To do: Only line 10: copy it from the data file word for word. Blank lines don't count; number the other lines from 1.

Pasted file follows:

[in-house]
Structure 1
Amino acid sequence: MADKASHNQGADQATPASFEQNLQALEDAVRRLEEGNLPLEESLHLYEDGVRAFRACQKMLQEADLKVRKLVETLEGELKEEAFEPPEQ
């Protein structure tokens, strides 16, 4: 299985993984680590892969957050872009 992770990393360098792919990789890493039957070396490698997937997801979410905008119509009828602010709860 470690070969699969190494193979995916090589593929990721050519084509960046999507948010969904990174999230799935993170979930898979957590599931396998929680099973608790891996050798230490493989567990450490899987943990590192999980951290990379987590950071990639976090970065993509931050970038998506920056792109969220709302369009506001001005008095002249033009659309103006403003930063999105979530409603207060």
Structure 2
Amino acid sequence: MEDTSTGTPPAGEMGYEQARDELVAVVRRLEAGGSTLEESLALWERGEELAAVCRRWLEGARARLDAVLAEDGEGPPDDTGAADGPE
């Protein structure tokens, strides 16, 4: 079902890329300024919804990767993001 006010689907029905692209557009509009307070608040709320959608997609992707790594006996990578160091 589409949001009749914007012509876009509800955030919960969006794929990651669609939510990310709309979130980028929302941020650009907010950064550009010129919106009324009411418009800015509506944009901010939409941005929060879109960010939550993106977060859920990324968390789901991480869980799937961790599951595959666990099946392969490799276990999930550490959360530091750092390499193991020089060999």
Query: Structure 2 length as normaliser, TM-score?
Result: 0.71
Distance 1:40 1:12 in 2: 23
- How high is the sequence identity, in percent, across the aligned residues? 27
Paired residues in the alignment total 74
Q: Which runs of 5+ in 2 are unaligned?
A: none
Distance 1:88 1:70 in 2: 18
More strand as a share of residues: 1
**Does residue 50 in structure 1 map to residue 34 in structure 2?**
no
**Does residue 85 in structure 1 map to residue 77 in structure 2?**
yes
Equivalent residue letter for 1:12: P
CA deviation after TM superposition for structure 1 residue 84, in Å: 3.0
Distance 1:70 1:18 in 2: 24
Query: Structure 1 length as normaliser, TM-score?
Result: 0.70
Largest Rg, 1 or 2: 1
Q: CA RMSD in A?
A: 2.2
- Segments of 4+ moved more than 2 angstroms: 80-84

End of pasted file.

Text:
Distance 1:40 1:12 in 2: 23